World Sailing said Pavel Sozykin, who had been due to race in the 470 class, would be excluded because he was mentioned in the McLaren report. Russia’s other six sailors were approved and Russia is able to nominate a replacement for Sozykin, the federation said.

Meanwhile, the International Modern Pentathlon Union named the two Russians it had suspended as Maxim Kustov and Ilya Frolov, saying they both featured in the McLaren report. Kustov’s place in the men’s event passes to a Latvian athlete, while Frolov had only been entered for Rio as a reserve.

Three Russian rowers have also been excluded. Ivan Podshivalov and Anastasia Karabelshchikova were excluded because they previously served doping bans, while Ivan Balandin from Russia’s men’s eight was implicated in the McLaren report, World Rowing said.

Meanwhile, volleyball player Alexander Markin told local media he had been dropped due to a positive test earlier this year for the banned substance meldonium, even though he had not been banned. The international volleyball federation did not immediately respond to a request for comment.

The head of the Russian Wrestling Federation told the R-Sport agency that two-time world champion Viktor Lebedev was ineligible because he was given a doping ban in 2006.

On Monday, swimming’s world governing body FINA ruled out seven Russians including reigning world 100m breaststroke champion Yulia Efimova.

Legal challenges are looming.

Efimova’s agent has said he is preparing an appeal to the Court of Arbitration for Sport, and the Russian Canoe Federation’s general secretary Irina Sirayeva said that the five banned athletes could follow suit.

“The intention to defend the athletes is there,” she told R-Sport.

Triple jumper Ekaterina Koneva – a former world championship silver medalist – told local media she was considering a lawsuit in civil court.

There was good news for Russia as its judo and shooting teams – comprised 11 and 18 athletes respectively – received approval to compete from their sports’ international governing bodies.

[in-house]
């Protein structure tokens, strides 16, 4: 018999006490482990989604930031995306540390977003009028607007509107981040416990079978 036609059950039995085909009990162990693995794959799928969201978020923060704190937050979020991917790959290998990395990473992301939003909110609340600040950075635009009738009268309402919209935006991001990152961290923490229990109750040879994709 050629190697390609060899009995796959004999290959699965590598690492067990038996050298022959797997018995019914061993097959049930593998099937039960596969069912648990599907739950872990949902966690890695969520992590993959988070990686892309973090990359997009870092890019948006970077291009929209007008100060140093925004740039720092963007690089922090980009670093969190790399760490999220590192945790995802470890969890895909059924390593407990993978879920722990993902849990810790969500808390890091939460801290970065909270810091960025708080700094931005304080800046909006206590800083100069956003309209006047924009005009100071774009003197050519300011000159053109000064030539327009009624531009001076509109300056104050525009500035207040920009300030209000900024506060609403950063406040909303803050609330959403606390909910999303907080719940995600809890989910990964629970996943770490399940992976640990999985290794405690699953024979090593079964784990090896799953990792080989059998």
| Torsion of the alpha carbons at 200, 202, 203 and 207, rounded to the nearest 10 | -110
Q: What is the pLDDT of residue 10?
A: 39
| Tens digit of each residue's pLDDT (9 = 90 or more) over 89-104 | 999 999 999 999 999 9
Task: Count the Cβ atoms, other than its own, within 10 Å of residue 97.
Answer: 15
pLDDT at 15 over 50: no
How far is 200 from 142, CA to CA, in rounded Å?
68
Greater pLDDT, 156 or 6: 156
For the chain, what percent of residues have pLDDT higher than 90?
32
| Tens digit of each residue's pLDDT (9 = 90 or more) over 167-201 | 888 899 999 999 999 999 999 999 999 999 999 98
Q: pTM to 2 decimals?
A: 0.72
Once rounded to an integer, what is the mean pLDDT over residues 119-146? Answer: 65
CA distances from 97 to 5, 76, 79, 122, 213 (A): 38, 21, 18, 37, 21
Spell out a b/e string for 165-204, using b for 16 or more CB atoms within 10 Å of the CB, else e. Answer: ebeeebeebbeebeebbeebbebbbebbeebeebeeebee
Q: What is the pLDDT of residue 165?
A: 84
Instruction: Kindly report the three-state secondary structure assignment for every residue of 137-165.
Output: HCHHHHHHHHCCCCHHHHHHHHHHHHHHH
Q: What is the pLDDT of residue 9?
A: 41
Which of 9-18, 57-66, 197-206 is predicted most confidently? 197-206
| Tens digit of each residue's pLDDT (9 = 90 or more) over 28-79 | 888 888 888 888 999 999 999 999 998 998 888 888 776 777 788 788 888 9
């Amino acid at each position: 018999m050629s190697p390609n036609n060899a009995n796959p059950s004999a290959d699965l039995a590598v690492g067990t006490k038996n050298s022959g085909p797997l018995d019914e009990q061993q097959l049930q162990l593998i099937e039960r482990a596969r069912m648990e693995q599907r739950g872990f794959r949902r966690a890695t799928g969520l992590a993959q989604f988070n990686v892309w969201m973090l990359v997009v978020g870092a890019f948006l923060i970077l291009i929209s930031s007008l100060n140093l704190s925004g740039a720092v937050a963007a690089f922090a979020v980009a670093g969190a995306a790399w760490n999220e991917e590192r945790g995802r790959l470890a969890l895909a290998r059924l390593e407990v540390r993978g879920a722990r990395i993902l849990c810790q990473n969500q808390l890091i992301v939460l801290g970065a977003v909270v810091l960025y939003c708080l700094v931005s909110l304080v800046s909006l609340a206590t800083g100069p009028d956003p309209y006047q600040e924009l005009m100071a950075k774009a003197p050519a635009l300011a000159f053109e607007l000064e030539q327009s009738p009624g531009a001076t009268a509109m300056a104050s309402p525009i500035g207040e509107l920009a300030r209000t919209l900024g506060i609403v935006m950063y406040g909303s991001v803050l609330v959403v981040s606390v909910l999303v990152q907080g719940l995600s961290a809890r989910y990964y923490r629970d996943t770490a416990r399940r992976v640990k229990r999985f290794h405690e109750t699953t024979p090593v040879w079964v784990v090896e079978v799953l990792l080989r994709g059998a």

Also, Russia also looks set to field a full team of four players in Olympic badminton, the Russian Badminton Federation said Tuesday, citing assurances from the Badminton World Federation.

Previously, archery, tennis and equestrian sport’s world governing bodies said they had no objection to the Russians entered in their sports.

Lists of Russian athletes approved by international federations must still be approved by CAS arbiters who can reject athletes not tested outside Russia.

The IOC refused to accept testing done by Russian agencies because of evidence that the process was corrupted.

MORE: Yulia Efimova among Russian swimmers barred from Olympics

Sanya Richards-Ross, Trey Hardee join NBC’s Olympic track and field coverage

Hardee Richards Ross
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NBC has added a couple decorated Olympians to its coverage of the Rio Games, with the Opening Ceremony a little more than a week away on Friday, Aug. 5.

Four-time Olympic gold medalist Sanya Richards-Ross and 2012 Olympic decathlon silver medalist Trey Hardee are set to join NBC Olympics’ coverage of track and field. Both served as guest analysts for the NBC Sports Group’s coverage the U.S. Olympic Track and Field Trials earlier this month.

“We’re thrilled to bring the expertise of Sanya and Trey to our track and field coverage, where they will take viewers inside the sport and provide specific details and insights about the athletes,” said Jim Bell, Executive Producer, NBC Olympics.

Richards-Ross retired July 1 after injuring her hamstring during a 400m preliminary heat at Trials. She was attempting to make her fourth Olympic team after winning two gold medals at the London Games – her first individual gold in the 400m, and her third Olympic gold in the 4x400m relay. She has the most sub-50 second 400m races in history.

Hardee collected the decathlon silver medal at the 2012 Olympics, finishing behind compatriot Ashton Eaton to mark the first time Americans had finished 1-2 in the event at the Olympics since 1956. Hardee also won world titles in 2009 and 2011, and his score of 8,790 set at the 2009 Worlds ranks behind only Eaton, Dan O’ Brien and Bryan Clay in American history.

Leading NBC’s track and field coverage will again be Tom Hammond for the seventh consecutive Olympics. Ato Boldon returns as an analyst in his fourth Olympic assignment, and Lewis Johnson will be the track and field reporter in his ninth assignment with NBC Olympics.

Kenny Albert will handle play-by-play duties for track events on NBCSN, while Todd Harris will perform play-by-play for field events.

Craig Masback is set to provide analysis on the men’s marathon and distance races, with Tim Hutchings assisting with analysis on the marathons.

Track and field competition at the Rio Games begins Aug. 12.